Welcome! This is the third in the Concrete and Wood Geometric Collection, a series of four furniture builds brought to you by Jen Woodhouse and myself. In case you missed them, we previously introduced this bookshelf, and this dining table. Today’s build is this coffee table, and check out that base! The base on the coffee table is different than the dining table in that it is formed with half lap joinery. I love half laps because they look fantastic, and they are really quite accessible.
As with the rest of the pieces in this collection, the plans are at jenwoodhouse.com, and I’ve got a tutorial and build tips here for you. (And a video!)
Here’s an idea of what you will need for this build:
2 3/4 x 2 3/4″ lumber
rebar mesh mat
4×8 sheet 3/4″ melamine
3/8 ” wood dowels
9 mm drill bit
Here’s a quick video overview of the coffee table build:
Build the coffee table:
Mill your chosen wood to 2 ¾” square. You can use reclaimed or fresh lumber. I used reclaimed and cut down all sides for a clean look.
If you use reclaimed be sure to plan where each piece will go in the design so that the desired faces are showing. That can be a bit more tricky with salvaged wood.
Cut wood to approximate sizes – l like to leave them an inch or two long while I’m still planning and determining layout. Once you have determined where each piece will fit, cut the miters. Keep pieces laid out so you don’t mistakenly cut a miter the wrong direction.
Cut the half laps. Start by marking out the location of each of the half laps.
This is also a great time to double check that the joints are all lining up right by lining up opposite boards, as shown:
Half lap set up:
The video shows how to do this far better than I can describe this, so if you missed that scroll back up and watch. My chosen method for half laps is a table saw with a dado stack. You can cut with a regular blade, but you will have to make 5 trillion cuts instead of like 5…or something like that. Set the height of the blade to half the thickness of your wood.
Next, set up the wood for the cut. The simplest way to set it up is to clamp your piece of wood to the miter gauge. I set a terrible example here and didn’t use a sacrificial piece of wood, which just means that you first screw a piece of wood to the miter gauge, then clamp your piece of wood to be joined to it. That way when you make the cut it won’t tear out at the back because the backer – or sacrificial – piece prevents that from happening.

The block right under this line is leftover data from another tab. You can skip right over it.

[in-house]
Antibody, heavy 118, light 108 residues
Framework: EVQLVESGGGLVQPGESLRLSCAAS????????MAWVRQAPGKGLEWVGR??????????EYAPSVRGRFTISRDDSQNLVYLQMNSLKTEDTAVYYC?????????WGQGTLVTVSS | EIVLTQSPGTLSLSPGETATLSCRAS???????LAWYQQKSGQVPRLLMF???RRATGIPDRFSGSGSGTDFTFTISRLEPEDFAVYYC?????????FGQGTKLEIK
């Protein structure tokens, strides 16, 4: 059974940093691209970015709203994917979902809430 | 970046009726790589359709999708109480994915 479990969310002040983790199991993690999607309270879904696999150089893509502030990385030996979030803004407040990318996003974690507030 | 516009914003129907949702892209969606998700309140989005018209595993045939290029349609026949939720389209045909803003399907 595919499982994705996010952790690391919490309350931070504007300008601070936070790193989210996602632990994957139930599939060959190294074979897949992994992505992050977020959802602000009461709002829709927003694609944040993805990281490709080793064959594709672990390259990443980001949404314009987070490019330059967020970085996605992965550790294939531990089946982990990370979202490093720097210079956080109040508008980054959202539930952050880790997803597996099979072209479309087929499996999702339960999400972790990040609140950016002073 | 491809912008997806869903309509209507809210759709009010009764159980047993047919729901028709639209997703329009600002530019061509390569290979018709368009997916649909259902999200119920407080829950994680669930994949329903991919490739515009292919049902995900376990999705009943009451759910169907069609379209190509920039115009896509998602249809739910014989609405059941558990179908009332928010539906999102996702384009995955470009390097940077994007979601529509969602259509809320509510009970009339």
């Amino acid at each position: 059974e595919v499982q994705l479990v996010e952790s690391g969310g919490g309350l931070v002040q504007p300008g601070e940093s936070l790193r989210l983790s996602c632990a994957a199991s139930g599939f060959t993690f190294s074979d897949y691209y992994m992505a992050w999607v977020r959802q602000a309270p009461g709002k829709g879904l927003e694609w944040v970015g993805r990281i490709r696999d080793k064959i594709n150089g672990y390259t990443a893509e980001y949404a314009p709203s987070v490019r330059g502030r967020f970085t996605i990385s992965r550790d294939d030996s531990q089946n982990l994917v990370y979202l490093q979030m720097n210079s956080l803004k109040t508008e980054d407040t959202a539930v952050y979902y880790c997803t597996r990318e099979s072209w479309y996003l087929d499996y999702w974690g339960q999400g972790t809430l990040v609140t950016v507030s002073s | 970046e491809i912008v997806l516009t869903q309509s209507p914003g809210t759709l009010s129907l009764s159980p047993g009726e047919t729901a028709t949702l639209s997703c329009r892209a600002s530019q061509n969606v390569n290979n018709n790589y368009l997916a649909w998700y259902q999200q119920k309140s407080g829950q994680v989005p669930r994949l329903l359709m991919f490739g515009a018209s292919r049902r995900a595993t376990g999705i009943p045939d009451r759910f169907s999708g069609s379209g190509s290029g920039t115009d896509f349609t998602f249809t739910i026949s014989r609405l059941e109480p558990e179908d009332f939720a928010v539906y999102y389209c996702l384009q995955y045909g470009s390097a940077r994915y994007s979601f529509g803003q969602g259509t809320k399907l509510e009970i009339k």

Why didn’t I do it that time? I really don’t know. Do as I say, not as I do.
Carefully line the blade up with one side of the line, make sure the piece is clamped securely, turn on the saw, and run the piece through. I like to use the clamps as handles, as shown in the video. Stop the saw, move the piece over, and run it through again. When you get to the opposite side don’t go right up to the line. Sneak up on it slowly over a series of cuts, fitting with the other board (the one you are joining to) each time so you can get a good, snug fit.
Seal the end grain before gluing the miters. As in the other builds in this collection, I used a 50-50 mixture of glue and water.
Glue up the miters a couple at a time, being sure not to glue so many joints that you cannot put the table together. Just make sure everything will go together as you go. My preference is to wait 24 hours before reinforcing any with pegs – which means this step has to be done in shifts and takes some time. Again, be sure to leave a side or two open as needed (aka – don’t complete the squares) so that you can assemble it. You will end up gluing and clamping the last couple miters in place, during assembly.
As in the other parts of this collection, I chose to use dowels or pegs to join the mitered corners. I like this method because it is simple and very effective. I use a doweling jig to start a hole through one miter into another, running the hole maybe 2 inches or so. Due to the size of the wood the jig couldn’t sit over the wood, so I left it on the surface and was able to at least get each hole started straight.
That was enough to then drill by hand. I used a brad point bit for this, at either 3/8″ or 9mm. I switched dowels mid way through and realized that they were not precisely the same size. One fit best with a 3/8″ dowel, and one with a 9mm. Those a reallllly similar sizes, but you want the tightest fit possible, so check this with the dowels you use.
I dropped glue in each hole, then glued in a 3/8 dowel. I like to cut mine a bit long, then use a flush cut saw to cut off the ends.
Work through the pieces and sections a couple at a time, clamping and setting as you go. I keep the sections in clamps while drilling and tapping in the pegs because it can be rough on those end grain glue ups.
Assemble the table, gluing and clamping sections that go together at this point.
Sand. I wait until this step because things tend to get roughed up a bit in process, but you could smooth some earlier if desired.
Attach the concrete top. I’ll give information about making concrete furniture tops in a separate post.
This table is NOT LIGHT. Emphasis there. To protect the floors it is a good idea to add felt or some sort of slider feet to the bottom. Actually, you should probably do that before adding the concrete…
That’s all there is to it. What do you think? Do you like the half lap, interlocking design of this table, or do you prefer the square-in-square design of the dining table? Be sure to check back in for the final piece in our Concrete and Wood Geometric Collection this week, and then for a DIY concrete tutorial soon after!